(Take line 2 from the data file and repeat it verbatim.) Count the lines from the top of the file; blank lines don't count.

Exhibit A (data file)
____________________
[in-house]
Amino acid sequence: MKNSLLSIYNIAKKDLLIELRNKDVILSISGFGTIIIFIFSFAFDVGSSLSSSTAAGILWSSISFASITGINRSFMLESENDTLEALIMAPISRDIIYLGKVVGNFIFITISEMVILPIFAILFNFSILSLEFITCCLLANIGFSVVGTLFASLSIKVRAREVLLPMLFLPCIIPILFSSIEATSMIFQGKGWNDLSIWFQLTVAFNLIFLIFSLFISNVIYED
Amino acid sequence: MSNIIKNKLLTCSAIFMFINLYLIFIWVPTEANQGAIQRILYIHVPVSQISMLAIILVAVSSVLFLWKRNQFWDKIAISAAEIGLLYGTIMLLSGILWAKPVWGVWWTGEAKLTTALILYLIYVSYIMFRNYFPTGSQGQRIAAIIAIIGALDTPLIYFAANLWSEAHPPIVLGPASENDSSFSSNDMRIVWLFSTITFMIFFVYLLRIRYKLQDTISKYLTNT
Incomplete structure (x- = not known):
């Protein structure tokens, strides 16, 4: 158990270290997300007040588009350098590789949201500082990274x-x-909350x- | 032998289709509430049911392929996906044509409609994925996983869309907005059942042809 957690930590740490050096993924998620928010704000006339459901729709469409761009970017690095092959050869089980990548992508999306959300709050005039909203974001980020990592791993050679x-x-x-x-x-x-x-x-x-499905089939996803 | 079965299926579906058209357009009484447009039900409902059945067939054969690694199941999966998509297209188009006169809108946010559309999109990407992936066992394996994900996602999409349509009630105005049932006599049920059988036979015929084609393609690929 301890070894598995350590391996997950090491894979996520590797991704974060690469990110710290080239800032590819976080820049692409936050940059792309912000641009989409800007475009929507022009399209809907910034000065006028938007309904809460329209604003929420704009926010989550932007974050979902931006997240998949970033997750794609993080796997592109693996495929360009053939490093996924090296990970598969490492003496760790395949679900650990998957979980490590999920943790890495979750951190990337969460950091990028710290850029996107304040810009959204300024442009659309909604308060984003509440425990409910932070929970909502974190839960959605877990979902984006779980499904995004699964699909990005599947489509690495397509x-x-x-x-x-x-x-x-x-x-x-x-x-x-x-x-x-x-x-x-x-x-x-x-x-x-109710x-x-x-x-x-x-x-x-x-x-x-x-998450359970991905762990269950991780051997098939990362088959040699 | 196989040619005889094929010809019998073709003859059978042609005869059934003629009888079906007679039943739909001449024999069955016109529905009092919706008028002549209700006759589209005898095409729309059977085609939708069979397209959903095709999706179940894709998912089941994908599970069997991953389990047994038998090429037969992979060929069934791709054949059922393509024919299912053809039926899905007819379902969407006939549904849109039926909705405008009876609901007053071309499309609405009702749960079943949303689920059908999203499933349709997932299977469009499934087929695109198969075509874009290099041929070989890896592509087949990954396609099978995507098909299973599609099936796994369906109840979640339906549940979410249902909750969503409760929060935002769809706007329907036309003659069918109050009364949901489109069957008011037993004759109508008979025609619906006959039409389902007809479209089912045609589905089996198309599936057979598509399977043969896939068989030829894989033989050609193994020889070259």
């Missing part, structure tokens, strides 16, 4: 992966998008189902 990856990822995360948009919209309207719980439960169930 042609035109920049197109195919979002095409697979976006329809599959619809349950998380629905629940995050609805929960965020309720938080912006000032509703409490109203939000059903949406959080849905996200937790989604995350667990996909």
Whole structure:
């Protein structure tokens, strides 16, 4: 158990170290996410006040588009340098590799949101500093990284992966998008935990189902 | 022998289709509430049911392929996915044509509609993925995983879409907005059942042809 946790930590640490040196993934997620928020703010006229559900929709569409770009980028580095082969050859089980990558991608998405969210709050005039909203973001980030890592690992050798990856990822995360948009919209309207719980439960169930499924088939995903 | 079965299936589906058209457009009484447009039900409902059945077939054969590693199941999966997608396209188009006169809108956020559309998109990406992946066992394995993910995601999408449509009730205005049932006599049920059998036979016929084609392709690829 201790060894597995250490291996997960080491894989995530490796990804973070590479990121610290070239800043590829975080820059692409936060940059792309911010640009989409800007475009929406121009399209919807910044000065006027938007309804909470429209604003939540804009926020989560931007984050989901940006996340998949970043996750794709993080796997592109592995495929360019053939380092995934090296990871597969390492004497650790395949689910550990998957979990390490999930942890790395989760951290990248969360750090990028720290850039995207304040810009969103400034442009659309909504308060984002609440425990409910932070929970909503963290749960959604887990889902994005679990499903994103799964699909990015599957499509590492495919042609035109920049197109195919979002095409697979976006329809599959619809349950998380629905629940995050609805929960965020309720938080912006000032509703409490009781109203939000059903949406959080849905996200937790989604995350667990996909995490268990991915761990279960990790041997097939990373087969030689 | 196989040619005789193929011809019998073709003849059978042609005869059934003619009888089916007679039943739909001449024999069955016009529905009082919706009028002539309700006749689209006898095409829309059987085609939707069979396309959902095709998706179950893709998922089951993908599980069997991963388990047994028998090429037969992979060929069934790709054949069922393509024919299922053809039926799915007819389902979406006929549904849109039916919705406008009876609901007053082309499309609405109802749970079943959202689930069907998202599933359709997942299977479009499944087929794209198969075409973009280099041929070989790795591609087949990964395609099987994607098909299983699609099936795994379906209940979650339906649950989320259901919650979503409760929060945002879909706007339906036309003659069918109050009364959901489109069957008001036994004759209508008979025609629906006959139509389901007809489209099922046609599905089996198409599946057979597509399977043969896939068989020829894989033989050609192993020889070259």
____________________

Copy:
Amino acid sequence: MKNSLLSIYNIAKKDLLIELRNKDVILSISGFGTIIIFIFSFAFDVGSSLSSSTAAGILWSSISFASITGINRSFMLESENDTLEALIMAPISRDIIYLGKVVGNFIFITISEMVILPIFAILFNFSILSLEFITCCLLANIGFSVVGTLFASLSIKVRAREVLLPMLFLPCIIPILFSSIEATSMIFQGKGWNDLSIWFQLTVAFNLIFLIFSLFISNVIYED